The narrator was great as well. The tone and inflection in his voice kept my attention and kept me involved in the stories.
Katie
Mar 04, 2016 rated it really liked it
Motions and Moments: More Essays on Tokyo by Michael Pronko is a delightful book for those that like to travel and those that are interested in Tokyo culture. The essays are well detailed, concise and clear. There are many subjects covered, from futons and t-shirt slogans to earthquakes and language. The essays afford an in depth look into the culture and life, all from the perspective of an American who started out as a tourist. This book certainly has made me feel like visiting now, sounds lik ...more
Ilana
Mar 21, 2016 rated it really liked it
A collection of fine, simple yet deeply observations about the everyday life in Tokyo. Each essay has the grace and strength of a Japanese letter, the result of the almost two decades of expat life experiences of the author. It is one of the few contemporary books about Japan and especially Tokya I'd read recently witnessing the curiosity and interest of the author towards the Japanese culture, instead of haughty outline of the difference 'we' vs. 'they'.
Disclaimer: The publisher offered me the
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Kishan Swain
Sep 16, 2016 rated it it was amazing
Motions and Moments book by Michael Pronko is a collection of essays about Tokyo. Though being an American, having stayed in Tokyo for a long time he has captured the essence of Tokyo in his descriptive essays. These essays are collection of monthly columns he wrote for Newsweek Japan. He gives a bird’s eye view about the lifestyle of Tokyo and how the city continuously reinvents itself to cope up with the fast advancing world.

Read more about the book on my blog http://levyingkishan.blogspot.in/
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Seán
Jan 30, 2016 rated it it was amazing  ·  review of another edition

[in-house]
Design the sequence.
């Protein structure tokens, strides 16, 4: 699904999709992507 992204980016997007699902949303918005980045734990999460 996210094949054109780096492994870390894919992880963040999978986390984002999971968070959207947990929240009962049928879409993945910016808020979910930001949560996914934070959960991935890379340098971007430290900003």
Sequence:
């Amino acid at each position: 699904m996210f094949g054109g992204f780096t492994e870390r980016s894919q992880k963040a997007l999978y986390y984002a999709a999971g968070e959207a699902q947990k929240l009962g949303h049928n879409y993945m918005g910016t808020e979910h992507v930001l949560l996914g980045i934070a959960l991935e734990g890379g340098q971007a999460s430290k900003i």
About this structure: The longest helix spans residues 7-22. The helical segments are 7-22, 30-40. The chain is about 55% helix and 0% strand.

Shelves: essays, nonfiction
Of all the countries in Asia, Japan is probably the most insulated and difficult to understand for a foreigner. Pronko has 15 years of slow observation. Sometimes the best drama is not in tumultuous events but in the small idiosyncrasies of a city and its people. This collection, on topics like Japanese naming conventions, late night travel, cleanliness and perfectly dressed women, makes for an interesting and enlightening read. His mindfulness over many years is to be respected.
Nicki
Oct 02, 2016 rated it it was amazing
This is the second of Michael's books of essays on Tokyo I have been lucky enough to read.
Our visit there this year fell through, so I enjoyed these even more than usual. Really the next best thing to going there as they are so descriptive and nicely written.
I could very much relate to the failure of homemade onigiri too. That chapter made me smile.
Very enjoyable reading about everything from changes in the city to ohanami.
Carolyn
Jan 15, 2016 rated it it was amazing  ·  review of another edition
This book shines in so many ways. It is a series of essays written by an American teacher/writer living in Tokyo for many years. Informative and interesting, the book is a crash course of sorts on Tokyo culture.
Pomme-Violette
Mar 14, 2016 rated it really liked it
Shelves: giveaways-winner
I received this book this morning as a goodread giveaway. I will post a review of it in April (I am really busy at the moment with exams).
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Michael Pronko is an award-winning, Tokyo-based writer of murder, memoir and music. His writings on Tokyo life and his taut character-driven mysteries have won critics’ awards and five-star reviews. Kirkus Reviews called his second novel, The Moving Blade, “An elegant balance of Japanese customs with American-style hard-boiled procedural” and selected it for their Best Books of 2018.

Michael also
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“Your unique individuality seems a petty thing, less important by far than what connects you to everyone else.” 0 likes
“Onigiri are like a haiku of the entire Japanese food culture.” 0 likes